Fig. 4
figure 4

Assessment of oxidative stress in control and adipogenic conditions. Cells were subjected to flow cytometry-based system analysis and analyzed with Muse® MitoPotential kit (a, b), Muse® Oxidative Stress assay (c, d), and Muse® Nitric Oxide kit (e, f). Expression of antioxidative enzymes Cat (g), Sod1 (h), and Sod2 (i) was investigated with RT-qPCR. Results expressed as mean ± SD. *p < 0.05, **p < 0.01, ***p < 0.001

Evaluation of FFA metabolism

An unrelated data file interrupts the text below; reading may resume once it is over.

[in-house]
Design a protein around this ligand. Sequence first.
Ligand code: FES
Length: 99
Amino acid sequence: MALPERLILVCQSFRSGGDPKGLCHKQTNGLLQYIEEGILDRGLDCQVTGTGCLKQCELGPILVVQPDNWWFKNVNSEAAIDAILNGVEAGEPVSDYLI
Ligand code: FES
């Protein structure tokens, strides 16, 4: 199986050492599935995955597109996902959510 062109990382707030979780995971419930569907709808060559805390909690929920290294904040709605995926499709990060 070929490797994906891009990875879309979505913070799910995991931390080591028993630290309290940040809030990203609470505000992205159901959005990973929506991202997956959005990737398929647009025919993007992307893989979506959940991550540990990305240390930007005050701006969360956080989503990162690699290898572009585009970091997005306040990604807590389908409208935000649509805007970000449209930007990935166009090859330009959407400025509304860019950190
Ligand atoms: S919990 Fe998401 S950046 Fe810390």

Lipid remodeling changes during adipogenesis of EqASCs were monitored using a GC-MS-based lipidomic profiling technique upon treatment with MSI-1436 inhibitor (Table 2). Overall, significant fluctuations in the levels of all detected fatty acids were observed in all differentiated groups as compared to undifferentiated cells. Among these fatty acids, myristic acid (C14:0), methyl pentadecanoate (C15:0), methyl elaidate (C18:1n, 9E), methyl octadecadienoate/linoleic acid (C18:2n, 9Z,11Z), and oleic acid (C18:1n) were significantly increased following adipogenic differentiation of healthy cells when compared to undifferentiated healthy cells (p < 0.01; p < 0.001). Moreover, decreasing levels of the same myristic acid (C14:0), methyl pentadecanoate (C15:0), methyl elaidate (C18:1n, 9E), and methyl octadecadienoate/linoleic acid (C18:2n, 9Z,11Z) were observed in EMS adipogenic cells in opposition to healthy ASCs differentiated cells (Table 2). By contrast, only myristic acid (C14:0) and methyl octadecadienoate/linoleic acid (C18:2n, 9Z,11Z) levels were maintained in EMS adipogenic MSI-1436-treated cells as compared to both healthy and EMS untreated adipogenic cells. To another extent, GC-MS profiling revealed a consequent decrease in both palmitic acid (C16:0), palmitoleic acid (C16:1), stearic acid (C18:0), and linolelaidic acid (C18:3N, 6Z, 9Z, 12Z) levels in healthy differentiated cells (p < 0.001). EMS differentiated cells exhibited lower amounts of palmitic acid (C16:0) and stearic acid (C18:0), and higher abundance of palmitoleic acid (C16:1) and linolelaic acid (C18:3N, 6Z, 9Z, 12Z) as compared to healthy group of cells (p < 0.001). Inhibition of PTP1B using MSI-1436 compound during adipogenesis induction enabled the normalization of the abovementioned fatty acids’ (palmitic acid, palmitoleic acid, stearic acid, and linolelaidic acid) concentrations in regard to EMS untreated cells (p < 0.001).